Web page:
One hundred and four patients have been enrolled (arm A 54, arm B 50): characteristics were well balanced between the 2 arms. Responses were as follows: arm A, 3 (5.6%) CR, 20 (37%) PR, (ORR 42.6%, 95%CI 29.3%-55.9%); arm B, 8 (16%) CR, 18 (36%) PR, (ORR 52%, 95%CI 38.2%-65.8%). Median progression free survival was 10.7 months in arm A (95% CI, 8.7-12.6), and 8.8 months in arm B (95% CI, 7.1-10.5). Median overall survival was 34.6 months in arm A (95%CI, 19.5-49.8) and 24.8 months in arm B (95%CI, 15.7-33.9). As toxicity concerns, both treatment regimens were well tolerated; myelosuppression was the dose-limiting toxicity, with G3-4 neutropenia occurring in 18.5% and 22% of the patients of arm A and B, respectively. No relevant differences in main toxic effects have been observed between the two arms, except for alopecia, more common in arm A, and cutaneous toxicity, observed only in arm B. No clinical congestive heart failures have been observed, one case of tachyarrhythmia was reported after the last EPI/VNB cycle, and two reversible ≥ 20% LVEF decreases have been observed in arm A.
Both anthracycline- containing regimens evaluated in the present study seem to be active and with a satisfactory tolerability in anthracycline-naïve relapsed breast cancer patients.
Journal of Experimental & Clinical Cancer Research 04/2011; 30(1):39. DOI:10.1186/1756-9966-30-39 · 4.43 Impact Factor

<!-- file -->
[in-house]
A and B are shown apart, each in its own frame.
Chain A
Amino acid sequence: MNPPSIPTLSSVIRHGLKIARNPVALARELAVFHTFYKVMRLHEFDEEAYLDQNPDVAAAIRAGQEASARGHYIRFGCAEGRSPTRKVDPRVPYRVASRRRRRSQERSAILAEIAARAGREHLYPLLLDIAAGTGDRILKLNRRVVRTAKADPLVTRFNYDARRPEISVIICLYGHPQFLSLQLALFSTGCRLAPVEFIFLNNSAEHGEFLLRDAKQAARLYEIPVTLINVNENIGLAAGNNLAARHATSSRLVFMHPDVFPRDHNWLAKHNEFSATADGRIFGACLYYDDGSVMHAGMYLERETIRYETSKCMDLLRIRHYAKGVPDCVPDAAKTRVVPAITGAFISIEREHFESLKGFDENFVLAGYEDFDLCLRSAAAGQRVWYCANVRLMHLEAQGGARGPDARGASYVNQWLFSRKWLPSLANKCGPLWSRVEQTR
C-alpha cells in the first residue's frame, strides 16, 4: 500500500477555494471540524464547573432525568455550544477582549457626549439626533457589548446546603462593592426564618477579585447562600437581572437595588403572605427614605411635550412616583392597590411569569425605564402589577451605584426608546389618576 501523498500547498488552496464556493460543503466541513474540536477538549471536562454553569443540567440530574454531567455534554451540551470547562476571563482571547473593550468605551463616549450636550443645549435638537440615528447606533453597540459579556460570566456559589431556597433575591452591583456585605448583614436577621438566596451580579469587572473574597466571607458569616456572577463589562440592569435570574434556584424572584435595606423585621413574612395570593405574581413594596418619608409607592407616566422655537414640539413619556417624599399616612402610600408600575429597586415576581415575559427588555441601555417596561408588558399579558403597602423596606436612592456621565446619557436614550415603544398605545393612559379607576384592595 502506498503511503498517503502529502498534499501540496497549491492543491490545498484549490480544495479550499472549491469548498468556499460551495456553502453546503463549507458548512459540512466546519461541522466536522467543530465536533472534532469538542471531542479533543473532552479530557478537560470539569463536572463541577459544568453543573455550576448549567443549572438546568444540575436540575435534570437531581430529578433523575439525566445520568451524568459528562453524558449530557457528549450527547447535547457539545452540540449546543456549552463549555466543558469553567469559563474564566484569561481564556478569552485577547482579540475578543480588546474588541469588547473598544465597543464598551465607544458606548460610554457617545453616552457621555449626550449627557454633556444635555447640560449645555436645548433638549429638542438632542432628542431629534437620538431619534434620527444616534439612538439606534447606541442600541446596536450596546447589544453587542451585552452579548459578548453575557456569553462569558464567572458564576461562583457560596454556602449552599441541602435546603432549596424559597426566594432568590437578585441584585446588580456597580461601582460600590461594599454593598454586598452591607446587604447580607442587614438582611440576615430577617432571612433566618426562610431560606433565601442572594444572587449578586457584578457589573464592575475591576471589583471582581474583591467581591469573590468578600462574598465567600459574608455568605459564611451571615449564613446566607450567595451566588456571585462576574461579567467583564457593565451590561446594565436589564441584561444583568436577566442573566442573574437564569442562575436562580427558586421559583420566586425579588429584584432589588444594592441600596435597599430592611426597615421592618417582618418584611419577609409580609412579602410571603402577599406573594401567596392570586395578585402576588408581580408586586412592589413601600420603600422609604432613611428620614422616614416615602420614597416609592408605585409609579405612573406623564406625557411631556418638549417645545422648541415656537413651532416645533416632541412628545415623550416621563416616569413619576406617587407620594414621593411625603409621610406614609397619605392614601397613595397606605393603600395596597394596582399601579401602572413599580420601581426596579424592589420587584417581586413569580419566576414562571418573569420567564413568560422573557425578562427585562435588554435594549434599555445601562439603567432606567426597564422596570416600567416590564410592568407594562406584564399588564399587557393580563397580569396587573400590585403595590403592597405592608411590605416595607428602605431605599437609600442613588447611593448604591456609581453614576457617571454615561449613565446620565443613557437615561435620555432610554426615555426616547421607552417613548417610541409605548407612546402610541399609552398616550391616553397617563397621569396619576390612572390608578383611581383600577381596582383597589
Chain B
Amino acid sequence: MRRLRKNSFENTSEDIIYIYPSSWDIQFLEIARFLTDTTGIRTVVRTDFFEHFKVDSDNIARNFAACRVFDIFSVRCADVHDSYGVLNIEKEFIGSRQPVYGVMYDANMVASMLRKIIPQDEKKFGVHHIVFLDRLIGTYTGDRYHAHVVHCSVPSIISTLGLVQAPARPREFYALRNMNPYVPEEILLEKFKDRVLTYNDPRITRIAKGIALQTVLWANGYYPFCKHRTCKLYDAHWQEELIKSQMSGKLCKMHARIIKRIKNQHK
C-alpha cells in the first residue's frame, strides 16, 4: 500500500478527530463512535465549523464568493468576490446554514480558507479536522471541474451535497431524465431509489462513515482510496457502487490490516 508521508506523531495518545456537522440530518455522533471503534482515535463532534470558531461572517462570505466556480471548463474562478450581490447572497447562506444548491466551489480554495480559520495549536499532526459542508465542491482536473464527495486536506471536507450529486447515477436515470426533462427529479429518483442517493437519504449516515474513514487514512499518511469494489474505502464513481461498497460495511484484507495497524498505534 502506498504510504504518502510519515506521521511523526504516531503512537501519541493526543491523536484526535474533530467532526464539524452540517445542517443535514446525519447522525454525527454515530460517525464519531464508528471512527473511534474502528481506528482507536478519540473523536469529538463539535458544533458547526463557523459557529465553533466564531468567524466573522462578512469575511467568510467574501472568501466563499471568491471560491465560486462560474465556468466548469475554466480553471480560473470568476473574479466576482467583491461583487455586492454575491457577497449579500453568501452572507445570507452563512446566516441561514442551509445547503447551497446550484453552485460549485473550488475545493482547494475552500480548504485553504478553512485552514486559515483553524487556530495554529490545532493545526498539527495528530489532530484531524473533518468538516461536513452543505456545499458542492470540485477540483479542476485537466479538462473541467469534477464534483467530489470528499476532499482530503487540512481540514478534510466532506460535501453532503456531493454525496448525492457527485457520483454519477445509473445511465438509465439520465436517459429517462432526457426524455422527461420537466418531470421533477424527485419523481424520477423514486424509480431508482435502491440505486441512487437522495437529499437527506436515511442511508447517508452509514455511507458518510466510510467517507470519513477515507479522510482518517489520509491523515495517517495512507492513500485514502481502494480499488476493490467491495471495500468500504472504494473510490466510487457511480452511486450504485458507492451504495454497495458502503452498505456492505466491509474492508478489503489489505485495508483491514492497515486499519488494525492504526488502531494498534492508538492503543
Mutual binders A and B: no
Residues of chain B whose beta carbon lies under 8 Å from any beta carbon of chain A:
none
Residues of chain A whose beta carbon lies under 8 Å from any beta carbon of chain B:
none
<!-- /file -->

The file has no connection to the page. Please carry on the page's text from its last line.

Available from: umassd.edu
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ABSTRACT: A fast transversal filter (FTF) for the numerical factorization of
polynomials having zeros of different modulus is presented. When all
zeros of a polynomial are of different modulus, this algorithm can be
used for the simultaneous determination of all zeros. This method is
globally convergent in that it does not require initial conditions to
start. Additionally, this can be modified to compute all zeros of any
given polynomial by shifting the zeros. The numerical efficiency of this
algorithm is inherited from the reduced computational cost associated
with the transversal filters which require O(N) operations per sample
and N is the order of the filter
Acoustics, Speech, and Signal Processing, 1996. ICASSP-96. Conference Proceedings., 1996 IEEE International Conference on; 06/1996
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ABSTRACT: The management of older patients with cancer is historically challenging because of a lack of prospective data regarding the appropriate management of this population. In this review, we address some of the issues and challenges surrounding the treatment of older cancer patients, including the withholding of medically appropriate treatment based on chronologic age, the historical omission of elderly from clinical trials, and the impact of geriatric assessment, and age-related changes in pharmacokinetics and pharmacodynamics. Finally, we conclude by discussing the existing evidence related to cancer treatment in the elderly, focusing primarily on the malignancies most commonly seen in older patients, and making general treatment recommendations where applicable.
Oncology (Williston Park, N.Y.) 01/2010; 24(1):76-85. · 2.32 Impact Factor